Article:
Hint: There is an environmental settings for COMMAND.COM when Windows loads (this can be seen by dropping to a DOS prompt and typing SET). It has been my practice to enter %COMSPEC% as the "CMD Line" entry on the PIF Program tab, instead of using a path and filename for COMMAND.COM.

Tip: When creating a PIF (and the box is checked to "Specify a New MS-DOS Configuration") enter in the "Config.sys for MS-DOS mode" the windows driver for SMARTDrive to cache the CDs and Floppies.

Tip: Additional environment variables can be entered for a system when the "Specify a New MS-DOS Configuration" has been selected in the "Advanced" section of a shortcut (see variables in paragraph 1 at the top).

Caveat: When using the selection, "Specify a New MS-DOS Configuration" in a shortcut, the system will warn you that all protected-mode programs must be shutdown before the shortcut is run - you may not want to do this. It depends on the purpose of your shortcut.

Tip: Try a setting that runs "full-screen" not "windowed" - the Windows default which can cause problems with some games and demanding programs. If this doesn't help, try the "Exclusive" setting in the Properties sheet.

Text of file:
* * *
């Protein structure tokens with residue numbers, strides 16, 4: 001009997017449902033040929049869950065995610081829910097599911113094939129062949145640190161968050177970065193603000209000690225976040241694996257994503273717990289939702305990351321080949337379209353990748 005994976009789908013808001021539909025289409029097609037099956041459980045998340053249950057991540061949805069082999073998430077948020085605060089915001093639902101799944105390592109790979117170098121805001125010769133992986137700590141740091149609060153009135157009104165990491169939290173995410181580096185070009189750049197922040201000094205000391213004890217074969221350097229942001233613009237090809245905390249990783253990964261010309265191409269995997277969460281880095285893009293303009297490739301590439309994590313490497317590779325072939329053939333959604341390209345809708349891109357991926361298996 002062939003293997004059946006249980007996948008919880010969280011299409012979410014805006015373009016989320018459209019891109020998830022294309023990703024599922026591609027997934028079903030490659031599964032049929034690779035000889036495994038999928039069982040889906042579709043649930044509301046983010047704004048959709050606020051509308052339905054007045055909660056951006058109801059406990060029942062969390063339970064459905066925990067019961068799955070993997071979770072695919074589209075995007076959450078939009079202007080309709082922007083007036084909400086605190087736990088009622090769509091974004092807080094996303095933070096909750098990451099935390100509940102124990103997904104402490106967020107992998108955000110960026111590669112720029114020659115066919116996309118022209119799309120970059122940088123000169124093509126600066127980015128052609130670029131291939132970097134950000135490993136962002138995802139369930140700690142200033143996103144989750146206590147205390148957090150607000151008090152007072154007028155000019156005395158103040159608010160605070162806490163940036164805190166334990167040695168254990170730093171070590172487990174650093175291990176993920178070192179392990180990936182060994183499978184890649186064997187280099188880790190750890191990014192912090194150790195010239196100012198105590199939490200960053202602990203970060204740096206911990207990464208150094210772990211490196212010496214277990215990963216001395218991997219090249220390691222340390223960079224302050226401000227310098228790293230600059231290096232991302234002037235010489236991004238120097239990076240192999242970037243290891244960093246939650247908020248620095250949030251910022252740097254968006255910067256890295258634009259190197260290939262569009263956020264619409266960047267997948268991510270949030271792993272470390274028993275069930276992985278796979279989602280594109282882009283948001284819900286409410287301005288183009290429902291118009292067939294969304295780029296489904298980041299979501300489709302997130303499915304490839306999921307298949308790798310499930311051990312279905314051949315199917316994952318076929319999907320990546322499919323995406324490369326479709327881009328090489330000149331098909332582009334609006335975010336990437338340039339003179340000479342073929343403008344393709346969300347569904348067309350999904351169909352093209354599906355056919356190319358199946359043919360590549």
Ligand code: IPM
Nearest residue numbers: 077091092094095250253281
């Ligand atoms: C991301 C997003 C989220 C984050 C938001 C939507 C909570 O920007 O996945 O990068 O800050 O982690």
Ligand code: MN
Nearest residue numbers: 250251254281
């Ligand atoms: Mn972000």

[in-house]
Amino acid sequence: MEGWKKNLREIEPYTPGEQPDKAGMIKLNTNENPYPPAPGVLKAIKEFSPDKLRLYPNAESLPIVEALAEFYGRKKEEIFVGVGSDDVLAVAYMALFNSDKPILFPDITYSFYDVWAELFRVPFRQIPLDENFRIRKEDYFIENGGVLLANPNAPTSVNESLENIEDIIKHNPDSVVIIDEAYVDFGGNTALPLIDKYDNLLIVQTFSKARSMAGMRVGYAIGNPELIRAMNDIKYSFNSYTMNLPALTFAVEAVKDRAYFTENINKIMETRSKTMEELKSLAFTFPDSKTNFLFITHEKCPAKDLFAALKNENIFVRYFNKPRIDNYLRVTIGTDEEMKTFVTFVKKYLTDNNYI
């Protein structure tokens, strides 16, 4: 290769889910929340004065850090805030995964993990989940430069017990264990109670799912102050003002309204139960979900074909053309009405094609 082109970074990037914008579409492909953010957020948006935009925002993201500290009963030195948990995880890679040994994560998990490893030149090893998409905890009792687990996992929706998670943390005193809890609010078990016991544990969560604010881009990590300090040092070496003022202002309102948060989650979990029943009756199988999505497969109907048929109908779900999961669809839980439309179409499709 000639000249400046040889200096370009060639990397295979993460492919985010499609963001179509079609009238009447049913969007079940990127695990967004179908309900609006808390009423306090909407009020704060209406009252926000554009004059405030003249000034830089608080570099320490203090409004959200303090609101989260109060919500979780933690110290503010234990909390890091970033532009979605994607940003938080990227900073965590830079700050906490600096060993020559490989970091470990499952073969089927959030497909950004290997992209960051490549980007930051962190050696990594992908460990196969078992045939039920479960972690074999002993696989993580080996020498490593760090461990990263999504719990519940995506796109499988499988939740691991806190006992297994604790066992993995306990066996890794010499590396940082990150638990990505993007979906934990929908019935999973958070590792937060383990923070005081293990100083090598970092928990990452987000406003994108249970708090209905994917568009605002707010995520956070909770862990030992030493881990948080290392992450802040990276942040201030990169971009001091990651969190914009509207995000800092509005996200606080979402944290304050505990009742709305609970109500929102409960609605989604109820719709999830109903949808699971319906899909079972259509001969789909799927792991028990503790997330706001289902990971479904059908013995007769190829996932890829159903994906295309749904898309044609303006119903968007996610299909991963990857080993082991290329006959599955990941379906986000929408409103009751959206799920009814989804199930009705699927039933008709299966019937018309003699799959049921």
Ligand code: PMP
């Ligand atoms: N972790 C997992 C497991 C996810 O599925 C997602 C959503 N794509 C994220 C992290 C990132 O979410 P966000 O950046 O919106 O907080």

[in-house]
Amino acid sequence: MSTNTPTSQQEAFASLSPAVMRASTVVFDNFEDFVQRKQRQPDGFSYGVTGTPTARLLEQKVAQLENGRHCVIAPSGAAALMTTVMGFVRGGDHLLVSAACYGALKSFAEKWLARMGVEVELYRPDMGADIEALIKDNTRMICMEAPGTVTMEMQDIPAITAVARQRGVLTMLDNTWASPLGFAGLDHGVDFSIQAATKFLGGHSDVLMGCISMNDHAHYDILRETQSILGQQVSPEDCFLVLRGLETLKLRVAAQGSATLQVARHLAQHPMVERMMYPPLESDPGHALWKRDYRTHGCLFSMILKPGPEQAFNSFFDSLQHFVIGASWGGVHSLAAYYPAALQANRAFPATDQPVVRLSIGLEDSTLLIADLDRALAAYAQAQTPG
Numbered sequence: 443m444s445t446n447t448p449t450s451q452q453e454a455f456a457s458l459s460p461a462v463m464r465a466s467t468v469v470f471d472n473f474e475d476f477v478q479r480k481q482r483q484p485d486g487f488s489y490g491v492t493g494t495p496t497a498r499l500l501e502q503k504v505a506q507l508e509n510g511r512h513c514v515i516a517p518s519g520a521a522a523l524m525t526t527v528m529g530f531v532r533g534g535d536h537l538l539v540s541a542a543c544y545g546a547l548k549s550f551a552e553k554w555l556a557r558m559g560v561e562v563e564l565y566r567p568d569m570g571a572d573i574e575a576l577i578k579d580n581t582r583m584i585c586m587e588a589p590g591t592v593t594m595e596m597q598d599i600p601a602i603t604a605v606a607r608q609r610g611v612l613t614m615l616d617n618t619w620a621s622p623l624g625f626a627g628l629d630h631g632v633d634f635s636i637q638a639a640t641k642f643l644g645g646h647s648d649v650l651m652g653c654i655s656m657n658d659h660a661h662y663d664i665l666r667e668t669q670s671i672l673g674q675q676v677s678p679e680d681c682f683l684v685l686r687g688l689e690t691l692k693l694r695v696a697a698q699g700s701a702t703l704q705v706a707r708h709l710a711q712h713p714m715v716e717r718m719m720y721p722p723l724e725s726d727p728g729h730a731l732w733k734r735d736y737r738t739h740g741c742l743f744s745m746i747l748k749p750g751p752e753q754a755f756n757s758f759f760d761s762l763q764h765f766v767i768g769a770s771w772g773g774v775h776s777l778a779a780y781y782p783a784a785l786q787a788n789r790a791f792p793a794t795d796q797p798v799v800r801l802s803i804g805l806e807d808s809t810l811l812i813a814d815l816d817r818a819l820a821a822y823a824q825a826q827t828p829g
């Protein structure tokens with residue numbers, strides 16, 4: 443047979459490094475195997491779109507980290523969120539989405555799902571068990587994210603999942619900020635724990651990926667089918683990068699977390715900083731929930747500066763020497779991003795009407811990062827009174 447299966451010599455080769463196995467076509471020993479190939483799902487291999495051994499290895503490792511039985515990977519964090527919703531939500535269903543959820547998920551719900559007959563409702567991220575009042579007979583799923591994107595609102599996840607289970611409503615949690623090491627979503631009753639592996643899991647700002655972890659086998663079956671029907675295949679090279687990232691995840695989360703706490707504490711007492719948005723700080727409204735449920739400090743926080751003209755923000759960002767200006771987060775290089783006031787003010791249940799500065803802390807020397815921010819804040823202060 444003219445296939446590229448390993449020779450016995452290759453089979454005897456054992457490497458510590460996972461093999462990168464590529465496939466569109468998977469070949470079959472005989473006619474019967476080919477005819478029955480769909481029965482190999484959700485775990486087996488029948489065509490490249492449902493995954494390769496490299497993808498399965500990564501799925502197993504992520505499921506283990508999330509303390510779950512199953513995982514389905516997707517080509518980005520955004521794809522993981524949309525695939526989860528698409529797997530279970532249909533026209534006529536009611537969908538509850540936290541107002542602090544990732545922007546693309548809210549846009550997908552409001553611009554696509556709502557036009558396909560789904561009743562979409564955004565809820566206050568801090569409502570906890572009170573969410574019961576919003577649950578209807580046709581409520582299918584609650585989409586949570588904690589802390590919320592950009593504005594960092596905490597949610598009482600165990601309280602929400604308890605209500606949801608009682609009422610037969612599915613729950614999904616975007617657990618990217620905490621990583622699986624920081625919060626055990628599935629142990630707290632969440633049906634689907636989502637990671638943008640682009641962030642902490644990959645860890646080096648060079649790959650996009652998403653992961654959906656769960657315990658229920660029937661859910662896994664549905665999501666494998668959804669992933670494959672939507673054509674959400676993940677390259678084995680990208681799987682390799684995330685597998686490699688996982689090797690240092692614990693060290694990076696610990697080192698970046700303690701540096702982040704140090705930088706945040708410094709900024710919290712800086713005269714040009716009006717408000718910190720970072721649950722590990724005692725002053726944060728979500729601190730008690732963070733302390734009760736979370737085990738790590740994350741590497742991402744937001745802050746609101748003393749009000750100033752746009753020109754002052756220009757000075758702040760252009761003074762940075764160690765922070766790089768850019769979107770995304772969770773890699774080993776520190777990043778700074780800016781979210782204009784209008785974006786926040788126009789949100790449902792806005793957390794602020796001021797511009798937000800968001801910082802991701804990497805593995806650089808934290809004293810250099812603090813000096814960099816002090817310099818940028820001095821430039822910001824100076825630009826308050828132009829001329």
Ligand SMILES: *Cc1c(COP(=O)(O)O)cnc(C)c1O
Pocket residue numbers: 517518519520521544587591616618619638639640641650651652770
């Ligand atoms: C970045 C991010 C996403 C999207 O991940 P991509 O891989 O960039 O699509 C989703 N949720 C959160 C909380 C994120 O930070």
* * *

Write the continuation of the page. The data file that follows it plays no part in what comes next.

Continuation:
Trick: Some 16-bit Windows applications run in the Win95/8 GUI may request version information and will fail if they receive an incorrect version number. To solve this problem, locate in \Windows\System the file MKCOMPAT.EXE. This file acts as a liaison between incompatible programs and Windows. Launch MKCOMPAT and check the menu to select the probable solution to incompatibilities. Use the list and select "Lie about Windows version" may be one to try.

Hint: Because of the way Windows allocates memory, memory below 1Mb is a limited resource even when you are running Windows-based applications.

Hint: When possible, run the MEMMAKER utility to load real-mode drivers in the upper memory blocks (UMB), when loading real-mode drivers in the configuration files. This utility may be available in the OTHER\OLDDOS directory depending on the Windows version. If you run it in an MS-DOS mode from Windows, it will return to this mode when it reboots. If it is being run from the DOS prompt (F8/?-key), it returns to that mode.

Note: After running MEMMAKER, check the configuration file entries for Himem and Emm386 and be sure the path to them are correct.

? WINDOWS 95 v/s 98: Virtually, there is little if any difference between the two, "Multiple Copies of in Memory in MS-DOS Mode (Q149548)".

? This article describes two additional x.PIF files furnished FYI and describes alternatives of running games in Win98, "Windows 98 Sample Program Information (.pif) Files (Q188157)."